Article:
The journey to drive Spend Management insight upstream often begins with the realization that sourcing efforts can only do so much to reduce direct material costs by negotiating with suppliers. After all, the opportunity for price compression through better sourcing is limited based on the design specification made by others in the company. Once design and production decisions are finalized, it is challenging and time-consuming to "undo" engineering decisions which have already been made, even if suppliers (and procurement) have a strong case to make. For this reason, driving Spend Management information upstream early in the design process is critical.
To understand how the benefits of this approach can drive hard-dollar savings and other benefits to companies, let's investigate a few case studies which bring examples to life. You'll note that at least two of the companies that I describe below have already used Spend Management technology in the sourcing process to drive costs lower.
To begin, let's take the case of JLG, an industrial products manufacturer -- and an Ariba sourcing customer -- who augmented their strategic sourcing efforts with aPriori's software to examine costing tradeoffs in alternative product designs. In one case, by using aPriori, JLG was able to alter the design of an accessory tray mount for its lift booms by changing metal thickness, removing welds, and adding a bend, reducing product cost by approximately 60%. With another discrete manufacturer, aPriori's software enabled designers to explore cost alternatives for different plant designs and geographies, compressing the cost-roll up time for new products by more than 80% (not to mention driving costs lower).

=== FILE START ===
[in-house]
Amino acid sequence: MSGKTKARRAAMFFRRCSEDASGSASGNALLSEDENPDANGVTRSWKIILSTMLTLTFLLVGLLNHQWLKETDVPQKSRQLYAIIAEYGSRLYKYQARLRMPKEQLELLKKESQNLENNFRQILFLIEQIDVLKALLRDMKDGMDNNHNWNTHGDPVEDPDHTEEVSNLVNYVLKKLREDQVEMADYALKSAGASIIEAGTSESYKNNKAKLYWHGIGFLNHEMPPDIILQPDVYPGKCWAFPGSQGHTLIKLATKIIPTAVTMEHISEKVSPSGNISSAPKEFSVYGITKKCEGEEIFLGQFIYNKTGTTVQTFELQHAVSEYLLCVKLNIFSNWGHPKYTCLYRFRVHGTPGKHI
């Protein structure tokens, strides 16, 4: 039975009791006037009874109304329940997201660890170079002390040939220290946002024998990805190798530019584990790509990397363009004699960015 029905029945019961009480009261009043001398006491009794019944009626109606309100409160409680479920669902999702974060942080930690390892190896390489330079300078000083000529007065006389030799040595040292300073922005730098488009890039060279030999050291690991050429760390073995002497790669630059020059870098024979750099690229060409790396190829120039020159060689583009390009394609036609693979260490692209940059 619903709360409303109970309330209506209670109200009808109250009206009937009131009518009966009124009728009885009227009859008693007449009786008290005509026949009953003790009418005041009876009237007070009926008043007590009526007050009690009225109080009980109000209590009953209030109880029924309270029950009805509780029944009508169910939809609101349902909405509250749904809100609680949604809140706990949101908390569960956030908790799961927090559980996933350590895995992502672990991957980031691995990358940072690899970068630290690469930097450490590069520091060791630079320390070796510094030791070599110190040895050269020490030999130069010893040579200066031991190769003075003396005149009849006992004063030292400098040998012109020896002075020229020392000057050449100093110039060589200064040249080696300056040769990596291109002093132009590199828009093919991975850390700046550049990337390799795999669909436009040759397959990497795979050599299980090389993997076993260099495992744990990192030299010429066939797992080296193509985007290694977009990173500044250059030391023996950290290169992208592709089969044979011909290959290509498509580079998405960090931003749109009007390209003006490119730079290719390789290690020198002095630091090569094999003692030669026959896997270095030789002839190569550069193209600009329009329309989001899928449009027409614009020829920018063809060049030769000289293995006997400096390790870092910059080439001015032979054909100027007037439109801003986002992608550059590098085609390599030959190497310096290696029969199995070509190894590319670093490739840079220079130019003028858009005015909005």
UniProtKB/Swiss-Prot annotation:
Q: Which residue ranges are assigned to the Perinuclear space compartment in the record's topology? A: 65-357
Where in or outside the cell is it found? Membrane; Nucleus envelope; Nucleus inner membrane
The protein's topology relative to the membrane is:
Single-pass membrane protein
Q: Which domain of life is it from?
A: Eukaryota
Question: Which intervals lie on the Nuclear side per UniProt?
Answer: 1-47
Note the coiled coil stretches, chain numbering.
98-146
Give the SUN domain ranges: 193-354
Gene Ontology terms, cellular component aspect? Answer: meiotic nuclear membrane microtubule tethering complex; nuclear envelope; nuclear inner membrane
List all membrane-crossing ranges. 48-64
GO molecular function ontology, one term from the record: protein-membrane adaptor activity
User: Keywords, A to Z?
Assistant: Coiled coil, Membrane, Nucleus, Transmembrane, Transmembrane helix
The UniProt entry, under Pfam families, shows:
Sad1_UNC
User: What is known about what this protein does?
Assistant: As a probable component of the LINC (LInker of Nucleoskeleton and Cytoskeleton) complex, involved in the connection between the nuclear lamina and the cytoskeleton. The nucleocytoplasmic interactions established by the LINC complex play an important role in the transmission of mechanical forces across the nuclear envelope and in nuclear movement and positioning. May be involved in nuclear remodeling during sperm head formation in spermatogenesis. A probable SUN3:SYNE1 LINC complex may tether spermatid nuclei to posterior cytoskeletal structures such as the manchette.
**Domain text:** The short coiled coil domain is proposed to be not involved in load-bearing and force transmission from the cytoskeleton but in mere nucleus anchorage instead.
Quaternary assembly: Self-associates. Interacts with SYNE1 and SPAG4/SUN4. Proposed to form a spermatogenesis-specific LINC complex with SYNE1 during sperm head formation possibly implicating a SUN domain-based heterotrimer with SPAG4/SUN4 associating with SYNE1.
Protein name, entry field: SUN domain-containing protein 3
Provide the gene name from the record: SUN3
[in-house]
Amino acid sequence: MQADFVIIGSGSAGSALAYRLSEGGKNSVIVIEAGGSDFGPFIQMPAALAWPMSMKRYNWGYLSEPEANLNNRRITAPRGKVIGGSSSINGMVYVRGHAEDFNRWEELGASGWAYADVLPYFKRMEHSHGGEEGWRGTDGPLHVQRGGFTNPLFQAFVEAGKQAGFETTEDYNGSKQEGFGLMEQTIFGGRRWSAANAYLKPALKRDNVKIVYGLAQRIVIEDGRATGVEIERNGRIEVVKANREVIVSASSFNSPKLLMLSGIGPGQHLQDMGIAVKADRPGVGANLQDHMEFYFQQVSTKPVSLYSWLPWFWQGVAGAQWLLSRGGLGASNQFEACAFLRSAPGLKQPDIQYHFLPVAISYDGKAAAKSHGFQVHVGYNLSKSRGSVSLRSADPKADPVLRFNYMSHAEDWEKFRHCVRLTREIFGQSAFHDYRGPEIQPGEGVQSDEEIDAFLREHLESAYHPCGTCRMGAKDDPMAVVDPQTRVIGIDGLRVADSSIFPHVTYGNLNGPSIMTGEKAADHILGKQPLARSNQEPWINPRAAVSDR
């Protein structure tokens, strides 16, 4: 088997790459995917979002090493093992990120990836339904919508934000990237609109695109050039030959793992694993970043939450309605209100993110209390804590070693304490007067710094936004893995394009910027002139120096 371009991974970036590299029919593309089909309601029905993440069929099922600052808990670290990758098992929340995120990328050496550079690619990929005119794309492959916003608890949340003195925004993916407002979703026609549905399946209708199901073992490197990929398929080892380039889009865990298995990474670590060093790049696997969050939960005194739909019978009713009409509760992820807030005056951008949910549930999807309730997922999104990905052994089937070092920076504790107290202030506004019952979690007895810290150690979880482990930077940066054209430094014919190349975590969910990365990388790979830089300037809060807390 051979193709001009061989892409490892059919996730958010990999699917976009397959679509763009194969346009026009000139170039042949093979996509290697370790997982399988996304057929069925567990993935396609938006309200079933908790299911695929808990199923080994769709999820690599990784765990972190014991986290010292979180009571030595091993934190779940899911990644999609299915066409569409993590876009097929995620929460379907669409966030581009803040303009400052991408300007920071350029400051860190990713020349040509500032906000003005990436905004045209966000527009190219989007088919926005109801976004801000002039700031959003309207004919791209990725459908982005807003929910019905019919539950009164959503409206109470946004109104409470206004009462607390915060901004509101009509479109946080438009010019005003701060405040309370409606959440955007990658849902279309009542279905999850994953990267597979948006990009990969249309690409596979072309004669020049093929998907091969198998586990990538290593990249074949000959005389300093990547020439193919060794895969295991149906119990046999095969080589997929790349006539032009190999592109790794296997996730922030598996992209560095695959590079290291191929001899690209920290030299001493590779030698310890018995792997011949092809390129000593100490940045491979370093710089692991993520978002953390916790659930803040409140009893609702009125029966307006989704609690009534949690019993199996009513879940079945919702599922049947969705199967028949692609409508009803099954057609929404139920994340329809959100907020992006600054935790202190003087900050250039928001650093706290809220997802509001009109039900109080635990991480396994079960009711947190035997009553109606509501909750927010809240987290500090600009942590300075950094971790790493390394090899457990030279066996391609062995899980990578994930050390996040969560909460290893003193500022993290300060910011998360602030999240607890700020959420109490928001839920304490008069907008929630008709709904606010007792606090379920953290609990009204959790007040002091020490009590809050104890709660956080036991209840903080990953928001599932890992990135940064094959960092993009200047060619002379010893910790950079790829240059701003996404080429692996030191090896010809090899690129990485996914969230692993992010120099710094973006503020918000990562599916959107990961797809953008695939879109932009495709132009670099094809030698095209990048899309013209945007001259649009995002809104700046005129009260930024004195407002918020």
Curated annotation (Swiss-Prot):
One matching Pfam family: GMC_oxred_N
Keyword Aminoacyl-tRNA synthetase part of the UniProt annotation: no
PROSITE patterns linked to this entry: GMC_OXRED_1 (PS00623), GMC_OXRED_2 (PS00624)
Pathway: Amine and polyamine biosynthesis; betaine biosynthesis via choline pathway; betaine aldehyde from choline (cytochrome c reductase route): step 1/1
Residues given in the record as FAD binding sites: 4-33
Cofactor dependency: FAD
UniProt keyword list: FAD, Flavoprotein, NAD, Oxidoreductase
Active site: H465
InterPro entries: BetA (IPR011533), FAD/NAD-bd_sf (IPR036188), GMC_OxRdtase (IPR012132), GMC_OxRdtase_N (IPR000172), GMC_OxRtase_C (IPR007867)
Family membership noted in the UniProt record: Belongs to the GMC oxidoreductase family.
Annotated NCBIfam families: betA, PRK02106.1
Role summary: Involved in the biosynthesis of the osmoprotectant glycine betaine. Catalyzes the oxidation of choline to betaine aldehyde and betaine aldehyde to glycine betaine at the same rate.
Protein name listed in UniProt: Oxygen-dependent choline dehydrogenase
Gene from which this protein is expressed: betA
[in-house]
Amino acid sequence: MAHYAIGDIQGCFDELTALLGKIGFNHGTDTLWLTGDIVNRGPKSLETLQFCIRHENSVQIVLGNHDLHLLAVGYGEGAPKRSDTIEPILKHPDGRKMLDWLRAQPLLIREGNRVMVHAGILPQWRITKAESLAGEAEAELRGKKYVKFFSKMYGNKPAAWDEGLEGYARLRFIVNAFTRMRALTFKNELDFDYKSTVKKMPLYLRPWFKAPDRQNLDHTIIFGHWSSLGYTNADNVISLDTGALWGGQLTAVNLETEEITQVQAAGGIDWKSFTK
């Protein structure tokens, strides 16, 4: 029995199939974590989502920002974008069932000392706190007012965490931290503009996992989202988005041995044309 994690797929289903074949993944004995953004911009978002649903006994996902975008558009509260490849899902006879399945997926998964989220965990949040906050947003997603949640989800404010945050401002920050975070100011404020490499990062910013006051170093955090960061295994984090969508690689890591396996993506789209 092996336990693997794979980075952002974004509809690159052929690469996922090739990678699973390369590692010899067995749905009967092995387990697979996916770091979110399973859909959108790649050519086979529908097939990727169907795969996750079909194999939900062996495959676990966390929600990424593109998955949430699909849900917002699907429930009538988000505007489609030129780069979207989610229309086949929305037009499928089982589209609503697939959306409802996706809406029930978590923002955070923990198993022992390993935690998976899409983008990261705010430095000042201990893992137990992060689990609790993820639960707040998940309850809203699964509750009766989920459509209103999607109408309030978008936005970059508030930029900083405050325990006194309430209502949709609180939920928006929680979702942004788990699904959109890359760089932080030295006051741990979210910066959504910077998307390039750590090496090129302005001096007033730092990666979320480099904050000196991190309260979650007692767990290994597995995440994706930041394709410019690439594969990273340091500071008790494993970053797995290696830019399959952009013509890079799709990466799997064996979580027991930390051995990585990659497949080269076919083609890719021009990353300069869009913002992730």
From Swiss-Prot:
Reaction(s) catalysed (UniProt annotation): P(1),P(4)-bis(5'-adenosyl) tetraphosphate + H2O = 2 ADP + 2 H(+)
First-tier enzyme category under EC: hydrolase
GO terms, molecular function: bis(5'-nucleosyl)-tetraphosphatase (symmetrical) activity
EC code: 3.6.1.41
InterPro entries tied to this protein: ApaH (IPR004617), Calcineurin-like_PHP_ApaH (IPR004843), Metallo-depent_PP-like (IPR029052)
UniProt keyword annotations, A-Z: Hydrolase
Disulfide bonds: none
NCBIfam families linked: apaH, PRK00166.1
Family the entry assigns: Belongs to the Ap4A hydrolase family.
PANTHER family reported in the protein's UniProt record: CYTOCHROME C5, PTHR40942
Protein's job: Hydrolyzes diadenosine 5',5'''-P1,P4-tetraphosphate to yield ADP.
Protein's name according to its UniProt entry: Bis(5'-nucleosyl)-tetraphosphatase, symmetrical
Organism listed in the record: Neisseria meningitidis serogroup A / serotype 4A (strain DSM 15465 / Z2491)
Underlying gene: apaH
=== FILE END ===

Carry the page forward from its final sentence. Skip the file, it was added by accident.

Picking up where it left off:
In recent years, Akoya has worked with Caterpillar to reduce their expenditures by millions of dollars by identifying parts which appeared to be overpriced based on their feature characteristics. Before delving into this example, it's worth noting that Caterpillar has worked with a range of providers over the years on the e-sourcing and strategic sourcing fronts as well. According to an article in the Chicago Tribune the heavy industry giant used Akoya's software to "look at 2,500 cast parts such as elbows, housings, and pulleys that are used to make Caterpillar engines ... [finding] 250 appears that appeared overpriced." As a result of this initiative, Caterpillar was able to trim "5 to 7 percent from the overall cost of this family of parts".
The use of feature-based and mechanistic cost modeling is obviously a great fit within the discrete manufacturing sector. But certainly, any industry where a physical product is conceived of and ultimately created within the supply chain could benefit from cost modeling approaches such as these. Throughout 2007, I look forward to continuing to profile case examples of companies that are driving Spend Management upstream to impact cost and other variables including quality and performance.